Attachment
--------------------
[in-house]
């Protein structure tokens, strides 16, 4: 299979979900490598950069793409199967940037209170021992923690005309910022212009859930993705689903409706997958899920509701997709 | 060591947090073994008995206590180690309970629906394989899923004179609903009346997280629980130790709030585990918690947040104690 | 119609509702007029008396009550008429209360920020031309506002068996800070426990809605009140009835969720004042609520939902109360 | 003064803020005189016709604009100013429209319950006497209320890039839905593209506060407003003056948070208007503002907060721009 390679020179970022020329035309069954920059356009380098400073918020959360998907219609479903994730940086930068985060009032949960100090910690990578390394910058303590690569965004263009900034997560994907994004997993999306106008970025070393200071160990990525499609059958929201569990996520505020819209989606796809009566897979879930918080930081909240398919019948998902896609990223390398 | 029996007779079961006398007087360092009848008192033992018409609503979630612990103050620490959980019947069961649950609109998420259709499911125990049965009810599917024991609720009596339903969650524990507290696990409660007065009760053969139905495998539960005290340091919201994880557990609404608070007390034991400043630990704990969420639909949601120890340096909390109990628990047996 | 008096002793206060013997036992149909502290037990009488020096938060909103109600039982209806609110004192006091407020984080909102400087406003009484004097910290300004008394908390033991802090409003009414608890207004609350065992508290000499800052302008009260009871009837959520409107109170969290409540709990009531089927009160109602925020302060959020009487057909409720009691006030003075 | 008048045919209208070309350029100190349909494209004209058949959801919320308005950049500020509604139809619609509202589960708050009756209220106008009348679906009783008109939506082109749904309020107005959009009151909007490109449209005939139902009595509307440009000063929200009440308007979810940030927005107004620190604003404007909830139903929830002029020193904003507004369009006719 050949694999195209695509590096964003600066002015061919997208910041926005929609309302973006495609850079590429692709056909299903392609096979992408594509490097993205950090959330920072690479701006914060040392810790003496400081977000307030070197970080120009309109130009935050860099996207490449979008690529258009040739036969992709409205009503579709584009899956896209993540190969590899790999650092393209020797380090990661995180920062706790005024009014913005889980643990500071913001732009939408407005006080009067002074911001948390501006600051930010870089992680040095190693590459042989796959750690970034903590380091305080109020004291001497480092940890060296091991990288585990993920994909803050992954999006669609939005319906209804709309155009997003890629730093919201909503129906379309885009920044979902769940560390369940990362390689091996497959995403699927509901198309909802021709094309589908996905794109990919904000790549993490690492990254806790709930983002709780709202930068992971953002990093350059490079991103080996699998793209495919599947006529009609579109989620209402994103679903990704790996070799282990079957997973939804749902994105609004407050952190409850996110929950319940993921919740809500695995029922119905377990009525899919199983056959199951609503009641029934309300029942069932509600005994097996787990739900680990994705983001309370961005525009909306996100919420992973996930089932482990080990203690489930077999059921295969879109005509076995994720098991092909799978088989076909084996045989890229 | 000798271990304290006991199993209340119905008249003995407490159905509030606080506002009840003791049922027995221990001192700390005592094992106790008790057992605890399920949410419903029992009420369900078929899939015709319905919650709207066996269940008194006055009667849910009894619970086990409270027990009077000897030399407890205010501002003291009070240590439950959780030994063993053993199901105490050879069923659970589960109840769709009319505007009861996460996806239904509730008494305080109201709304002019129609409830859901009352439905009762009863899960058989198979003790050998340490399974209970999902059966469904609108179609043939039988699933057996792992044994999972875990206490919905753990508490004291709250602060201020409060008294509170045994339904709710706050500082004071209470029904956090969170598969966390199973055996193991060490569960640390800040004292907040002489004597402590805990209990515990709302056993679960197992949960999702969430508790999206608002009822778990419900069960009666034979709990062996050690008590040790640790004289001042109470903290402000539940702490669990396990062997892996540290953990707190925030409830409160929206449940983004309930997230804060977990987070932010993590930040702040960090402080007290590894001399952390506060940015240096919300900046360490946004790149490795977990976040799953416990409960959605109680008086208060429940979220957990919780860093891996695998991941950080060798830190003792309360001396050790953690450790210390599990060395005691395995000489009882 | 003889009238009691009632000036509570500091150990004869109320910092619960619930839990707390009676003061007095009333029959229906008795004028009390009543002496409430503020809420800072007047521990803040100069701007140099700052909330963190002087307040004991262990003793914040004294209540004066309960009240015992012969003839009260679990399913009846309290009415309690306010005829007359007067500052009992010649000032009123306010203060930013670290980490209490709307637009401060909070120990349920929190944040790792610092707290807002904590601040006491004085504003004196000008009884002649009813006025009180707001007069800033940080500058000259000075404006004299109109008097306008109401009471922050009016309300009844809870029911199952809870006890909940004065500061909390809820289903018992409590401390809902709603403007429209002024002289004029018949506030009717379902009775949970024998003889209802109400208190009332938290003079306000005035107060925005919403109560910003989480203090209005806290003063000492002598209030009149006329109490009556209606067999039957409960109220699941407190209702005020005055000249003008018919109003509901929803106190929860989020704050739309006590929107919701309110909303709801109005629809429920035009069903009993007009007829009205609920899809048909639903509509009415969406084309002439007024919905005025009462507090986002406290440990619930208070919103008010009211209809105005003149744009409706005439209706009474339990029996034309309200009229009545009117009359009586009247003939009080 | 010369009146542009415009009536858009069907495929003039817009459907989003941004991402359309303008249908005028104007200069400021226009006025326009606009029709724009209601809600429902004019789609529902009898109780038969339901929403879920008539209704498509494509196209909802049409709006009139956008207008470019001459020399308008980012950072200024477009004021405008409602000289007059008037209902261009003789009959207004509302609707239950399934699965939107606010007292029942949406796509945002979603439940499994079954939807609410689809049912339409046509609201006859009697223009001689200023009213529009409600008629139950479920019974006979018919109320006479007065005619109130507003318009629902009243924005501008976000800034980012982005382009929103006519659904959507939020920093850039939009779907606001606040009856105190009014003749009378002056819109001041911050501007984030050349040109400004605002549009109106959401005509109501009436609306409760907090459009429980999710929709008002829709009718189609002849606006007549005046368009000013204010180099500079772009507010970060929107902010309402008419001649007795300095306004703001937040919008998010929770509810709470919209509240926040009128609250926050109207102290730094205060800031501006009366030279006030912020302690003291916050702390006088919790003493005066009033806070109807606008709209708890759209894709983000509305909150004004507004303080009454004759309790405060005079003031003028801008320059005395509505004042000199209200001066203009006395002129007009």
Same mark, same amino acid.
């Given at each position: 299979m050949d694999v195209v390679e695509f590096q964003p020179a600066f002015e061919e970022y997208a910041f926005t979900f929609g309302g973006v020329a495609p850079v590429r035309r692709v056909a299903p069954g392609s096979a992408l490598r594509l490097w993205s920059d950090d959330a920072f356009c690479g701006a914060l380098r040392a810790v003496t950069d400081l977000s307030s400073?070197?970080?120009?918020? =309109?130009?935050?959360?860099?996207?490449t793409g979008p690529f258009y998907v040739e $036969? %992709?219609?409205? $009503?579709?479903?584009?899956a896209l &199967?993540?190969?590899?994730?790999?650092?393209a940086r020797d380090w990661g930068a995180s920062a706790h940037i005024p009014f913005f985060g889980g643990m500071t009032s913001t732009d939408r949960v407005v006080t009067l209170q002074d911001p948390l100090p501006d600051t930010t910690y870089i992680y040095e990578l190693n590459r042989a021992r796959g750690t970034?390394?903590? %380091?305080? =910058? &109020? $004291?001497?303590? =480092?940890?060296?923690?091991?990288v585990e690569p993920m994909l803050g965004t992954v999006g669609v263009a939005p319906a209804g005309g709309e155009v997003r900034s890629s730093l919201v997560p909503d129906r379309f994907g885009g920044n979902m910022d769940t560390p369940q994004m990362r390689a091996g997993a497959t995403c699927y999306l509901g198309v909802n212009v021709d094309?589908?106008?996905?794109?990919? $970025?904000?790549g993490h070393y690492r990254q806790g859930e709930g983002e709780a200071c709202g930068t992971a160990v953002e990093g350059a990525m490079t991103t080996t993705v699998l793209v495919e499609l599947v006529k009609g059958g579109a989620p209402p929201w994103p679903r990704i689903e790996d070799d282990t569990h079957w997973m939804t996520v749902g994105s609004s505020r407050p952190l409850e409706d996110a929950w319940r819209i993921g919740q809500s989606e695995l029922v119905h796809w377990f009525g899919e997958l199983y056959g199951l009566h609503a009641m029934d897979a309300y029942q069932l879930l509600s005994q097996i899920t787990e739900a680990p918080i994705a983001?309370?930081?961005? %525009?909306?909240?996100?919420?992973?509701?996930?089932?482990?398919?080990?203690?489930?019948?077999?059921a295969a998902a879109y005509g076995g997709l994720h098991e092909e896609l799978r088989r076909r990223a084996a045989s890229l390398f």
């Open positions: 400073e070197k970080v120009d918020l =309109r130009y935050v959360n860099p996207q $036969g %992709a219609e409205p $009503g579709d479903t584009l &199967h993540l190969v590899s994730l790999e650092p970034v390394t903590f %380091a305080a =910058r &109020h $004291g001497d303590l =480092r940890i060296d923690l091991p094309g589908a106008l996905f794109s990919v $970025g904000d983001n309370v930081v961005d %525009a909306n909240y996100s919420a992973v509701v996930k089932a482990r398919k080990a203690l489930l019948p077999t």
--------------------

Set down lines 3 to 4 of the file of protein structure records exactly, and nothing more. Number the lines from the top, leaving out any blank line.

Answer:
Same mark, same amino acid.
């Given at each position: 299979m050949d694999v195209v390679e695509f590096q964003p020179a600066f002015e061919e970022y997208a910041f926005t979900f929609g309302g973006v020329a495609p850079v590429r035309r692709v056909a299903p069954g392609s096979a992408l490598r594509l490097w993205s920059d950090d959330a920072f356009c690479g701006a914060l380098r040392a810790v003496t950069d400081l977000s307030s400073?070197?970080?120009?918020? =309109?130009?935050?959360?860099?996207?490449t793409g979008p690529f258009y998907v040739e $036969? %992709?219609?409205? $009503?579709?479903?584009?899956a896209l &199967?993540?190969?590899?994730?790999?650092?393209a940086r020797d380090w990661g930068a995180s920062a706790h940037i005024p009014f913005f985060g889980g643990m500071t009032s913001t732009d939408r949960v407005v006080t009067l209170q002074d911001p948390l100090p501006d600051t930010t910690y870089i992680y040095e990578l190693n590459r042989a021992r796959g750690t970034?390394?903590? %380091?305080? =910058? &109020? $004291?001497?303590? =480092?940890?060296?923690?091991?990288v585990e690569p993920m994909l803050g965004t992954v999006g669609v263009a939005p319906a209804g005309g709309e155009v997003r900034s890629s730093l919201v997560p909503d129906r379309f994907g885009g920044n979902m910022d769940t560390p369940q994004m990362r390689a091996g997993a497959t995403c699927y999306l509901g198309v909802n212009v021709d094309?589908?106008?996905?794109?990919? $970025?904000?790549g993490h070393y690492r990254q806790g859930e709930g983002e709780a200071c709202g930068t992971a160990v953002e990093g350059a990525m490079t991103t080996t993705v699998l793209v495919e499609l599947v006529k009609g059958g579109a989620p209402p929201w994103p679903r990704i689903e790996d070799d282990t569990h079957w997973m939804t996520v749902g994105s609004s505020r407050p952190l409850e409706d996110a929950w319940r819209i993921g919740q809500s989606e695995l029922v119905h796809w377990f009525g899919e997958l199983y056959g199951l009566h609503a009641m029934d897979a309300y029942q069932l879930l509600s005994q097996i899920t787990e739900a680990p918080i994705a983001?309370?930081?961005? %525009?909306?909240?996100?919420?992973?509701?996930?089932?482990?398919?080990?203690?489930?019948?077999?059921a295969a998902a879109y005509g076995g997709l994720h098991e092909e896609l799978r088989r076909r990223a084996a045989s890229l390398f």